A national study released last month by the Rand Corp. found no evidence of racial bias in federal prosecutors’ decisions to seek the death penalty.

But according to death penalty experts, attention should instead be directed toward the wide racial divide among death row inmates at the state level.

“It’s a good thing they didn’t detect racial bias at the federal level, but on the state level we continue to be very concerned, especially when you consider that there are only 44 people on federal death row, compared with 3,300 in the states,” said Richard Dieter, executive director of the Washington, D.C.-based Death Penalty Information Center.

“It’s not that the death penalty is in every way discriminatory,” he said. “It creeps in at times. And there are problems with race in society that help determine who commits crimes, and even who commits heinous crimes that are outside the scope of this study.”

Rob Warden, executive director of Northwestern University’s Center on Wrongful Convictions, said further studies and action is needed to address concerns about racial bias in state court systems.

Warden used Illinois as an example. “At the state court level, we found that the most relevant factor in Illinois death row cases is the race of the victim,” he said. “There have been such a small number of federal prosecutions that it’s fairly hard to draw the same number of conclusions.”

In January 2003, former Republican Gov. George Ryan commuted every death sentence in the state, citing concerns about racism for part of his decision. Under Democratic Gov. Rod Blagojevich, the moratorium has remained in place. But there have been hints from the camp of Judy Baar Topinka, Blagojevich’s challenger in the November gubernatorial race, that she would consider lifting the moratorium.

Monday’s study by the Santa Monica, Calif.-based think tank examined the files of 652 defendants charged with capital offenses between Jan. 1, 1995 and July 31, 2000. The report was conducted at the request of members of Congress and supported by a grant from the National Institute of Justice, which is part of the U.S. Department of Justice.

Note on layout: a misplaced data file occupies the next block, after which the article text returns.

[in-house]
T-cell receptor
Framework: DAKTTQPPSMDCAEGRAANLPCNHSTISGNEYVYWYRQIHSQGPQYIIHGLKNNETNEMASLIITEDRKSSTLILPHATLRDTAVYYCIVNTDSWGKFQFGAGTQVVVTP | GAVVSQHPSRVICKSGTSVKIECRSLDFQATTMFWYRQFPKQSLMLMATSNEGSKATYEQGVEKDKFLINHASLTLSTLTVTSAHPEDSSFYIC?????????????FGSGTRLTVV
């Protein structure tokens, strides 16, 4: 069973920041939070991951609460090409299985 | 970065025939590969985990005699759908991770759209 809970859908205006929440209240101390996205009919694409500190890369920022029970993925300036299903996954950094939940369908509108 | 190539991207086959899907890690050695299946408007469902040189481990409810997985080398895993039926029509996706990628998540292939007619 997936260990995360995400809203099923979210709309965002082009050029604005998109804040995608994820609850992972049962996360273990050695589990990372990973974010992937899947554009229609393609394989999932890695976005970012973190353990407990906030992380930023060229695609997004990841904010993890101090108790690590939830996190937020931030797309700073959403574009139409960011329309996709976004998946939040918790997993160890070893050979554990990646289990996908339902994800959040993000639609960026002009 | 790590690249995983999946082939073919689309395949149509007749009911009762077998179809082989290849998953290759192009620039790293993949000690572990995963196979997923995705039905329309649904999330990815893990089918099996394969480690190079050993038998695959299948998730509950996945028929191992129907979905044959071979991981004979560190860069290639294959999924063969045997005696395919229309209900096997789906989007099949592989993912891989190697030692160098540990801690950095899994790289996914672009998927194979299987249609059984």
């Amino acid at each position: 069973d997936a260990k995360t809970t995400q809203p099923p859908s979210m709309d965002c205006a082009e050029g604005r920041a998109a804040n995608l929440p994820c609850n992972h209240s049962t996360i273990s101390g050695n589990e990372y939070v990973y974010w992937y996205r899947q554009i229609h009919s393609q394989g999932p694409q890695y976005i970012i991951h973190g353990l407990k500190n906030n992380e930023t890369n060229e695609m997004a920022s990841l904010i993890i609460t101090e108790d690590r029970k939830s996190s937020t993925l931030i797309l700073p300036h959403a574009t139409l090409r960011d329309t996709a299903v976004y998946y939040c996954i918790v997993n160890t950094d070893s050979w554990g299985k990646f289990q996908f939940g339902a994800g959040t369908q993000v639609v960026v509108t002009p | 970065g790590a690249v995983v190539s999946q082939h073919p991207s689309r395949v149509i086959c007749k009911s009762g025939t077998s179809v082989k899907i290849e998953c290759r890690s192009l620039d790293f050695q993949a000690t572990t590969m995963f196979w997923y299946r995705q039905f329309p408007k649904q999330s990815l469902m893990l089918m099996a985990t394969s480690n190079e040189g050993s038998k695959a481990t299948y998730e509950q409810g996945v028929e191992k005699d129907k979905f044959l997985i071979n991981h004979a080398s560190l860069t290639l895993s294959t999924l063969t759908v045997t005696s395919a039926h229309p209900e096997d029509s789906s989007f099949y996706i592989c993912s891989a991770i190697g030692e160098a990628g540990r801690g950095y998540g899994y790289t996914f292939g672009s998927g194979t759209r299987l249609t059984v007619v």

“The characteristics of the crime-not the racial characteristics of either the defendant or the victim-could be used to make very accurate prediction of whether federal prosecutors would seek the death penalty,” the report stated.

“We were surprised by how well we could predict the decision to seek the death penalty based on the nature of the crime,” said Rand’s Stephen Klein, a co-author of the report.

However, Warden said it was not unusual that race didn’t appear to be a factor in federal cases.

“At the federal level, you’re looking, for the most part, at murders in connection with narcotics transactions,” he said. “I didn’t expect race to be involved.”

Sarah Craft of the Maryland-based Equal Justice USA said the study should have examined whether race played a role at an earlier stage in the process.

“The surprise comes from the fact that this was the study they chose to do,” said Craft. “A more successful examination of whether the system is racially biased would have looked at what factors determine whether a federal prosecutor decides to investigate a murder case in the first place.”